Style Files: Lia Carmela Delfin

Find out who this stylish girl from Iloilo gets her fashion inspiration and influence from by going through some of her best looks!
photos and captions by Lia Delfin

Name: Lia Carmela Delfin
Age: 22
City: Iloilo
School: West Visayas State University

Bright style. It will always be fun, quirky, and full of patterns. I cannot NOT be colorful. I feel incomplete without bursts of colors.
Online shopping. Because there's not much outlet stores here in our province, I usually shop online. I prefer local boutiques as well, to spare myself from shipping fees. For shoes, I consider Asian Vogue as my number one shoe authority.
Style icons. I especially love Laureen Uy and Kookie Buhain's adventurous style. They always achieve the perfect balance between girly-ness, edge, and punk. My international style icon is Flavia Desgranges Van Der Linden of Her style is very achievable and I love her hair!
Maternal influence. My mom influences my style a lot! I grew up watching her dress up and change outfits from day-to-day. It's interesting though that at present, it's already me who influences her style. I love borrowing and trading outfits with her.
Colorful closet. There's no dominant color in my closet. I adore bright colors and prints. Brown, black, and white are the colors I own the least.
Must-have. Thick, vintage bangles - they go along with any outfit and give me that instant bohemian feel. For colorful accessories, Bubbles necklaces are my favorite.
Never ever. Tops with plunging necklines! I have been exploring various trends but I always try my best to be as wholesome as I can. I believe that being sexy doesn't always mean showing too much skin.
Trendy rebirth. Balloon skirts with petticoats underneath! I would love to make a little twist by wearing them with bright pieces.
Steal purchase. Leather pants for P50 from a thrift shop! I've been eyeing an almost similar pair from People are People a week before that, so I was very grateful that I didn't buy them on impulse. Imagine how much I have saved!
Grandma's vintage. A black, knitted cardigan from my grandma. I never fail to receive compliments whenever I wear it. It's more than 20 years old and it's handmade!

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Katherine Go 2 days ago

Cold Food

The most thrilling and delightful moment of any school day is opening up your baon during breaks. There is always so much excitement in unveiling your homemade meal and snacks housed inside matching heat-insulating containers. Because preparing packed meals is an age-old tradition of showing parental love, loved ones pour effort into curating a nutritious meal accompanied by a selection of side dishes, desserts, and beverages daily; it reminds us that we are being taken care of, even from far away.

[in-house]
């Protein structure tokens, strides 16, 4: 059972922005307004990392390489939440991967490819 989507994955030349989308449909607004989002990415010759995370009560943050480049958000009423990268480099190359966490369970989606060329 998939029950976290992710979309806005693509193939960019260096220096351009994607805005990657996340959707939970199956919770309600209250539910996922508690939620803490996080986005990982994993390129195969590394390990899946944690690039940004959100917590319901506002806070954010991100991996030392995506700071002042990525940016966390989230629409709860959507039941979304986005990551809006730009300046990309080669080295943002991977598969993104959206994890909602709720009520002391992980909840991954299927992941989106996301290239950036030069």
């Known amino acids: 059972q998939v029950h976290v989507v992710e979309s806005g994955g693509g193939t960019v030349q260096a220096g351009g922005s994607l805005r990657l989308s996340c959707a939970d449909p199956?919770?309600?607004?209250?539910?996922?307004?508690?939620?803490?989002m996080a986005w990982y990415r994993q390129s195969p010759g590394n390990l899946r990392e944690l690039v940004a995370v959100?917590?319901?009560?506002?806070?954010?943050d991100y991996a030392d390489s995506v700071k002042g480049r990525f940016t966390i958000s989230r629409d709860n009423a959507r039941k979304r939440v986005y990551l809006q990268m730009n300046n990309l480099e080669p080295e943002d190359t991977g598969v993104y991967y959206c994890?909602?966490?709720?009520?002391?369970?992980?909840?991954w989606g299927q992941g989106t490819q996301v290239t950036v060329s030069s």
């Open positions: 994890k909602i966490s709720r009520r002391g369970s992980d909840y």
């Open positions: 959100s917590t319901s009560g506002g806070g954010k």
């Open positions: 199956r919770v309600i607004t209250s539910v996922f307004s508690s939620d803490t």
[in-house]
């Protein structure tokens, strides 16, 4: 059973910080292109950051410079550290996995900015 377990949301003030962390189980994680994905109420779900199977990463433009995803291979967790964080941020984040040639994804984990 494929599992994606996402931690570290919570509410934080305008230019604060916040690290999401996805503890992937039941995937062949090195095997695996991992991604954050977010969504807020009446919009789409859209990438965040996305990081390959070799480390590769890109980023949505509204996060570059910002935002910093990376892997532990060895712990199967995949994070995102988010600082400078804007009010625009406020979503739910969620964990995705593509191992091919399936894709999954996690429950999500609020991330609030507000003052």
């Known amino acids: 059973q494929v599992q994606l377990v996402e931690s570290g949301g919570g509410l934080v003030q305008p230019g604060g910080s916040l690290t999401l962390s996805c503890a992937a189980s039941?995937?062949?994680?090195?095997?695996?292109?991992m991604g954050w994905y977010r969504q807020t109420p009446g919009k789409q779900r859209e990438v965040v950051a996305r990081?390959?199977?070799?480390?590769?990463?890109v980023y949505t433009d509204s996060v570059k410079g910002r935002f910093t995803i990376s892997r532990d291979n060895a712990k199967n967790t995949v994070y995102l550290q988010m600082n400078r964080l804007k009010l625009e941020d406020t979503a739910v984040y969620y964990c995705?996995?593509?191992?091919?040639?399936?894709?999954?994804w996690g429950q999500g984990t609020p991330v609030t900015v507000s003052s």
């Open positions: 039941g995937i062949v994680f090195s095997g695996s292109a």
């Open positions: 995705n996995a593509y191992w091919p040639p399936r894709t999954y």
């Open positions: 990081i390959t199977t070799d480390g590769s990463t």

Baon plays a significant role in a Filipino childhood. Almost every Filipino child comes to school with baon made especially for them by their parents or household helpers. Even Filipinos in the labor force continue to bring baon for varying reasons: to save money, recycle leftovers, cater to personal taste, or attend to special needs. Nonetheless, eating your baon is a heart-warming experience that allows Filipinos to bring a piece of home along with them wherever they go.

Even other cultures practice making packed lunch. In Japan, mothers create bento--Japanese meals in partitioned boxes. Because of the popularity of bento, trends have emerged, such as the Kyaraben, or character-themed bento. Naturally, Japanese parents and students began competing for who had the cutest and tastiest bento, and this is similar to what I have witnessed in my own childhood. I remember seeing my classmates sharing their snacks and lunches. They would compare and boast about their parents' or yayas’ cooking. In my case, I never had the chance to join in the competition or indulge in homemade cooking. Up until this day, I have never brought any baon to school.

For a long time, I envied others. As trivial or petty as it may seem, not having baon became a problem for my grade school self. During that time, I had to sit in a separate cafeteria away from my friends because the kids who bought food were assigned to sit elsewhere. You could consider me spoiled, but I wanted to experience something most kids did. I had food at home, so what made it so hard to bring some with me to school?

Now that I am on my final year in high school I have come to realize the benefits of purchasing my own food. Since I spent on food everyday, I learned to budget my allowance at a young age. Over the years, I learned to practice self-control whenever I wanted to eat more greasy fries and drink sweetened beverages. I have tasted the strangest viands at the school cafeterias, and I have repeatedly satiated myself over my latest delicious discoveries. Despite the struggles, I am thankful that I have never had baon because of what I have learned. Not to mention, I never had to experience eating cold food.

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